Researchers from the Bonn University Hospital implanted pacemaker electrodes into the medial forebrain bundle in the brains of patients suffering from major depression with amazing results. In six out of seven patients, symptoms improved both considerably and rapidly. The method of Deep Brain Stimulation had already been tested on various structures within the brain, but with clearly lesser effect. The results of this new study were published online on April 5, 2013 in the renowned international journal Biological Psychiatry. After months of deep sadness, a first smile appears on a patient's face. For many years, she had suffered from major depression and tried to end her life several times. She had spent the past years mostly in a passive state on her couch; even watching TV was too much effort for her. Now this young woman has found her joie de vivre again, enjoys laughing and travelling. She and an additional six patients with treatment-resistant depression participated in a study involving a novel method for addressing major depression at the Bonn University Hospital. Professor Dr. Volker Arnd Coenen, neurosurgeon in the Department of Neurosurgery (Klinik und Poliklinik für Neurochirurgie), implanted electrodes into the medial forebrain bundles in the brains of subjects suffering from major depression with the electrodes being connected to a brain pacemaker. The nerve cells were then stimulated by means of a weak electrical current, a method called Deep Brain Stimulation. In a matter of days, in six out of seven patients, symptoms such as anxiety, despondence, listlessness, and joylessness had improved considerably. "Such sensational success both in terms of the strength of the effects, as well as the speed of the response has so far not been achieved with any other method," says Professor Dr. Thomas E.

Gene Therapy Cures Inherited Vision Disorder in Dogs, Promises Hope for Humans

Researchers have discovered that using two kinds of therapy in tandem may be a knockout combination against inherited disorders that cause blindness. While their study focused on man's best friend, the treatment could help restore vision in people, too. Published online on April 9, 2013 in the journal Molecular Therapy, the study builds on earlier work by Michigan State University (MSU) veterinary ophthalmologist Dr. András Komáromy and colleagues. In 2010, the scientists restored day vision in dogs suffering from achromatopsia, an inherited form of total color blindness, by replacing the mutant gene associated with the condition. While that treatment was effective for most younger dogs, it didn't work for canines older than 1 year. Dr. Komáromy began to wonder if the older dogs' cones – the photoreceptor cells in the retina that process daylight and color – might be too worn out. "Gene therapy only works if the nonfunctional cell that is primarily affected by the disease is not too degenerated," he said. "That's how we came up with the idea for this new study. How about if we selectively destroy the light-sensitive part of the cones and let it grow back before performing gene therapy? Then you'd have a younger, less degenerated cell that may be more responsive to therapy." So, Dr. Komáromy and colleagues recruited more dogs with achromatopsia between 1 and 3 years old. To test their theory, they again performed gene therapy but first gave some of the dogs a dose of a protein called CNTF, which the central nervous system produces to keep cells healthy. At a high enough dose, CNTF’s effect on photoreceptors is a bit like pruning flowers: it partially destroys the receptors, but allows for new growth. "It was a long shot," said Dr. Komáromy, associate professor in MSU's Department of Small Animal Clinical Sciences. But it worked.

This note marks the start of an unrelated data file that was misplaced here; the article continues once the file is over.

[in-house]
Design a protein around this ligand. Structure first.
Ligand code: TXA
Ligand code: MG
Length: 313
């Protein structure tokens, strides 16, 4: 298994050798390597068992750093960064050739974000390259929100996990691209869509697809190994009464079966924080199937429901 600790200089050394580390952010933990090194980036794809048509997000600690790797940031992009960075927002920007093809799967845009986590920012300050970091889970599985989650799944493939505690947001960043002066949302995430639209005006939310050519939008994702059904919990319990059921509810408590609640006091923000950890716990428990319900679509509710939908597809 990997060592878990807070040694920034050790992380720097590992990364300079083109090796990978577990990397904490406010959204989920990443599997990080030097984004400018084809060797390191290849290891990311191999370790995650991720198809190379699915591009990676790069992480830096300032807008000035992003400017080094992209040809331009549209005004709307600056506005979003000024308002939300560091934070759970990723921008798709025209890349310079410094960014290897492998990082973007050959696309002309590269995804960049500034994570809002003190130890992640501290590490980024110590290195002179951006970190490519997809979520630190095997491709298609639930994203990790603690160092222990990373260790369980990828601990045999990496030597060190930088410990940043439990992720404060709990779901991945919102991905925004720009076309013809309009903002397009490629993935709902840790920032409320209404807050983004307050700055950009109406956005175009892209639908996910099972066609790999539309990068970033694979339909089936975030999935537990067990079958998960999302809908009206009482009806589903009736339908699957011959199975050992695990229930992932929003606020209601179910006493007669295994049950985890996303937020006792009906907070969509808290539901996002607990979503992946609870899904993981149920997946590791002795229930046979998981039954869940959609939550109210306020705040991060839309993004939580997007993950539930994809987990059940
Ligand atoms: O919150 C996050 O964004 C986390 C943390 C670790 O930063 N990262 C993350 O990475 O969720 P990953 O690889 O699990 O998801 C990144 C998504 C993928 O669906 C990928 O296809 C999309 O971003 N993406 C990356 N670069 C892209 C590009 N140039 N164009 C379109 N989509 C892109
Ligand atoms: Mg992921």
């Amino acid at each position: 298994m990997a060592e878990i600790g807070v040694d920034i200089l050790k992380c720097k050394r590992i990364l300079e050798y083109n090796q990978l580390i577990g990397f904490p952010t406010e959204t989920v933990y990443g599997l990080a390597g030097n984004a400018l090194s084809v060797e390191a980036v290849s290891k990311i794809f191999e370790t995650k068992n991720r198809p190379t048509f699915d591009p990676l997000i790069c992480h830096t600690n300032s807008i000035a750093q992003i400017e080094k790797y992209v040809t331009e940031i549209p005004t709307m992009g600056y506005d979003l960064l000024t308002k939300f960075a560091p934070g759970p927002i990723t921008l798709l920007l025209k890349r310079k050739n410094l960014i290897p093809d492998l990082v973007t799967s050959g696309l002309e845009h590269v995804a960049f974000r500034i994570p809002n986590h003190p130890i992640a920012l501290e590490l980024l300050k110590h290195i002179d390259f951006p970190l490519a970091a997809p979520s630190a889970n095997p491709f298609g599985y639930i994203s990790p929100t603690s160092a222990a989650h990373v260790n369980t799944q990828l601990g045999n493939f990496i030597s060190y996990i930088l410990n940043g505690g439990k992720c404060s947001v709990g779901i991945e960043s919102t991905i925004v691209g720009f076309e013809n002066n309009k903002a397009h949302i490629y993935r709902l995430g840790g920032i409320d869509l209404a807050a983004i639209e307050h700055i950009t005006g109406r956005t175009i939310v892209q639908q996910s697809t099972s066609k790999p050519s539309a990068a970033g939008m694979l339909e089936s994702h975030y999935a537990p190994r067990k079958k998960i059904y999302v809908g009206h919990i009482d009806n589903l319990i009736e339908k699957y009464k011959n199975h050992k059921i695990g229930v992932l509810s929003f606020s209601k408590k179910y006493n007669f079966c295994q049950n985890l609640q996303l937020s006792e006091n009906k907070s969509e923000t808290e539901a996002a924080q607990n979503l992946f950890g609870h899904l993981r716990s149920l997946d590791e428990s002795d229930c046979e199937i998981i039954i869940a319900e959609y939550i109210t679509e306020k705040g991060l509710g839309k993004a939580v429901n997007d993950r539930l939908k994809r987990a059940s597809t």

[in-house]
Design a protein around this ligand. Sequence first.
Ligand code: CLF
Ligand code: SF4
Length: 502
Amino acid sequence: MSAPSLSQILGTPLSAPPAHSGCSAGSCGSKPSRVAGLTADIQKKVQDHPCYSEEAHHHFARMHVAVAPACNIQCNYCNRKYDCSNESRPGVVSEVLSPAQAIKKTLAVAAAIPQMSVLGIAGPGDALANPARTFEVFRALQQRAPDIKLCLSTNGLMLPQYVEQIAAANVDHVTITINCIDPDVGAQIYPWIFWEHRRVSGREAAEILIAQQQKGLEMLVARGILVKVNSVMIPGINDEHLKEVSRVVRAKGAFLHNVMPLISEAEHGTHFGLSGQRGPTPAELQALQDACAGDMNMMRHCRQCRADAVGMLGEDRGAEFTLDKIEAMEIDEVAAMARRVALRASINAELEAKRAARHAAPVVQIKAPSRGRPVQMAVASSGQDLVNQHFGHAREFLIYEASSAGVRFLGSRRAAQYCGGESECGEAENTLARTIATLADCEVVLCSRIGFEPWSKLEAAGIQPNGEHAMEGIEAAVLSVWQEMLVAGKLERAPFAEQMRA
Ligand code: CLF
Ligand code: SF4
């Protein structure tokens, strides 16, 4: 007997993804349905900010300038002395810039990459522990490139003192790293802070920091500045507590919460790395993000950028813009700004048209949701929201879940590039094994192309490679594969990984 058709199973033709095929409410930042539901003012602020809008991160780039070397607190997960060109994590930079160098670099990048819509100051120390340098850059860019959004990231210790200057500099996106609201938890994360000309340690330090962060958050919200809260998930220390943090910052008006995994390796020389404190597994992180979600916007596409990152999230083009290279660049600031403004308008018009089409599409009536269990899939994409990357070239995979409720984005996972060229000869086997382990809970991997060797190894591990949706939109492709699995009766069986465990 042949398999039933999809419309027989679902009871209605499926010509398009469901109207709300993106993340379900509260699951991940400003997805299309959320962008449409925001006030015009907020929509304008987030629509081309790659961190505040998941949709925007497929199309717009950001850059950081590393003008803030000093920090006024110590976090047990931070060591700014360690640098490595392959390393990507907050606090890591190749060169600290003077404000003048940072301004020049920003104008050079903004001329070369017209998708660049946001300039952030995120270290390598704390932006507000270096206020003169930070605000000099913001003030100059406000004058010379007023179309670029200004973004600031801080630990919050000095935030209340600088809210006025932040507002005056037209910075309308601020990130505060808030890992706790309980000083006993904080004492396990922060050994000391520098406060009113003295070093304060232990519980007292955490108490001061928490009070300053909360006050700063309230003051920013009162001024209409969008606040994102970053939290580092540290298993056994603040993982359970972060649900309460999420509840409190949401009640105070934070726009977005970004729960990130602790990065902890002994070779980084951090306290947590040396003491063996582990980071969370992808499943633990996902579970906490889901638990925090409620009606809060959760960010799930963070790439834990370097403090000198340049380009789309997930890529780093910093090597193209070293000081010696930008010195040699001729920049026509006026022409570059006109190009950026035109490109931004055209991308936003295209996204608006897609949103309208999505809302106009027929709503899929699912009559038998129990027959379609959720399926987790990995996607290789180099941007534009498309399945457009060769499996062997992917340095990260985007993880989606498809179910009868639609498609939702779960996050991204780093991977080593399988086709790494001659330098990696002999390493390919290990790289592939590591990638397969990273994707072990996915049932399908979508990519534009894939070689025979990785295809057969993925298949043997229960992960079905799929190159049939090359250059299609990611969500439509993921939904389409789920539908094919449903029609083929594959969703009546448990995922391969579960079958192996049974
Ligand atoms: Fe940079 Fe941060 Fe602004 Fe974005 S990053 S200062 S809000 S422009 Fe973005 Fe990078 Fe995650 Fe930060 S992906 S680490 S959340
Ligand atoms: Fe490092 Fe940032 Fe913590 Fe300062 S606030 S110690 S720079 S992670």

New Target and New Drug May Lead to Treatment for Melanoma